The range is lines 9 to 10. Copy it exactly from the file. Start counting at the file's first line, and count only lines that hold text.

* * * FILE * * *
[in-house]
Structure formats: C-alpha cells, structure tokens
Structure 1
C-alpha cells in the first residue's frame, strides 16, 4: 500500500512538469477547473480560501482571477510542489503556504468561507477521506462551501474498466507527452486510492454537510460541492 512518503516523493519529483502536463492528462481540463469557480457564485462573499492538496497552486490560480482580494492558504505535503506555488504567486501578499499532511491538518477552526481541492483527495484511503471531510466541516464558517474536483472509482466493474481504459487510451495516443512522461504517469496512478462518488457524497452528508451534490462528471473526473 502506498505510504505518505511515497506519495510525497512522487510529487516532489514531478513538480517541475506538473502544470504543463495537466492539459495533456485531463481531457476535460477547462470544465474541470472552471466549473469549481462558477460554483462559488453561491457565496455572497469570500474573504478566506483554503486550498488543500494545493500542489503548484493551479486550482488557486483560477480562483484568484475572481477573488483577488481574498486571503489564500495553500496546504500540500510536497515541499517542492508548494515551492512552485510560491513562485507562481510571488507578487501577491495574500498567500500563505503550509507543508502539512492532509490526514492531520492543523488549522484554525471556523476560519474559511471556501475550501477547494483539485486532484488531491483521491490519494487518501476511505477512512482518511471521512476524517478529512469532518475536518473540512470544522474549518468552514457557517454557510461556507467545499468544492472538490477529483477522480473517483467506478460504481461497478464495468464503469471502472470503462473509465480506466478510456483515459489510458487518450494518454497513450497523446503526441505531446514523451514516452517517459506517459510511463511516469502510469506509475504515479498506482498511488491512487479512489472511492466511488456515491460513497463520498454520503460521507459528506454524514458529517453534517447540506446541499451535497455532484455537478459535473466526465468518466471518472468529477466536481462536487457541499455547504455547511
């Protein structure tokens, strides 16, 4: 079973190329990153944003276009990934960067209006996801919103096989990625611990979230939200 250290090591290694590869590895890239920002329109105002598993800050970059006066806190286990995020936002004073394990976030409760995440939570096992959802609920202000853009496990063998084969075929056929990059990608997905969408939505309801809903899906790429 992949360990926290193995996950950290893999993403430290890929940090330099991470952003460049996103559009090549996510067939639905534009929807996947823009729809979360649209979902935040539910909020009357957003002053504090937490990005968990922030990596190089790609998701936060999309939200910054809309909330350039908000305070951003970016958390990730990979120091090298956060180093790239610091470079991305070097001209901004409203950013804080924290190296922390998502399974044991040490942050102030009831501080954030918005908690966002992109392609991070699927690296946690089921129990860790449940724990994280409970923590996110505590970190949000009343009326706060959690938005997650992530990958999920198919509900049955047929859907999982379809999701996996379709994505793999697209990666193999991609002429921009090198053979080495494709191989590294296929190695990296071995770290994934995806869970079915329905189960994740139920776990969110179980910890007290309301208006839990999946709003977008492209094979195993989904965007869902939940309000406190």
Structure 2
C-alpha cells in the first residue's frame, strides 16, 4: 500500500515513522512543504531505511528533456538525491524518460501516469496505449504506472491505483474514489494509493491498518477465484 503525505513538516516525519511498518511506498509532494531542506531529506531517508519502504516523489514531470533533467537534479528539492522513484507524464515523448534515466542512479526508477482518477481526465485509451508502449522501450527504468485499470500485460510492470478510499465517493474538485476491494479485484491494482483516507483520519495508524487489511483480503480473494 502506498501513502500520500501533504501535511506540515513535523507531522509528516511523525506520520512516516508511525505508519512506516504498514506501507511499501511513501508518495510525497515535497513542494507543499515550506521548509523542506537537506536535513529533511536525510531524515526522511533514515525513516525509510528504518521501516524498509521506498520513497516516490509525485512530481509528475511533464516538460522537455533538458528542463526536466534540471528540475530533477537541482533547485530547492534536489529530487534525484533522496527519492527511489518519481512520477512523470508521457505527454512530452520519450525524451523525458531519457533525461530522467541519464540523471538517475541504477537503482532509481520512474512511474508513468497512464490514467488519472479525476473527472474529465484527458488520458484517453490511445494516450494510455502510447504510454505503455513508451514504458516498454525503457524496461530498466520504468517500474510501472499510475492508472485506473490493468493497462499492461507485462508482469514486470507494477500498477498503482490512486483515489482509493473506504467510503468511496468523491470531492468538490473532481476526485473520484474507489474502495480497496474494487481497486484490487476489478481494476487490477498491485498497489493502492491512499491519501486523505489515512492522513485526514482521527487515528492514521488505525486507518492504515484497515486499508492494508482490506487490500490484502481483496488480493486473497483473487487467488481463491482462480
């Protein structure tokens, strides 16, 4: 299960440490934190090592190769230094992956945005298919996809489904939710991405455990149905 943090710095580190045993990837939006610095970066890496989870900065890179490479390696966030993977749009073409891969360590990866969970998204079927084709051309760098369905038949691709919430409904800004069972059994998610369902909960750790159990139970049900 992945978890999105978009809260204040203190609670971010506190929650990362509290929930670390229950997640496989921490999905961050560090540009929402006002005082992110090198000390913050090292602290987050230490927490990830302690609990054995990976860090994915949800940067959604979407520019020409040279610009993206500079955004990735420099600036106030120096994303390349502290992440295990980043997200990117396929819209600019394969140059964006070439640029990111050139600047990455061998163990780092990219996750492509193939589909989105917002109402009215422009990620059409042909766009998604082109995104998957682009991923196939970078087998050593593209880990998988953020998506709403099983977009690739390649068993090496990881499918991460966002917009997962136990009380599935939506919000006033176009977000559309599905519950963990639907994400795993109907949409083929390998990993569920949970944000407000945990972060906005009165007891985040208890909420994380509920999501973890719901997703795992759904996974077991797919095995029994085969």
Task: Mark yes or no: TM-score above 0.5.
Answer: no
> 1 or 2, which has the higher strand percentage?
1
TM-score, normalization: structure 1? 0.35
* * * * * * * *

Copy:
Task: Mark yes or no: TM-score above 0.5.
Answer: no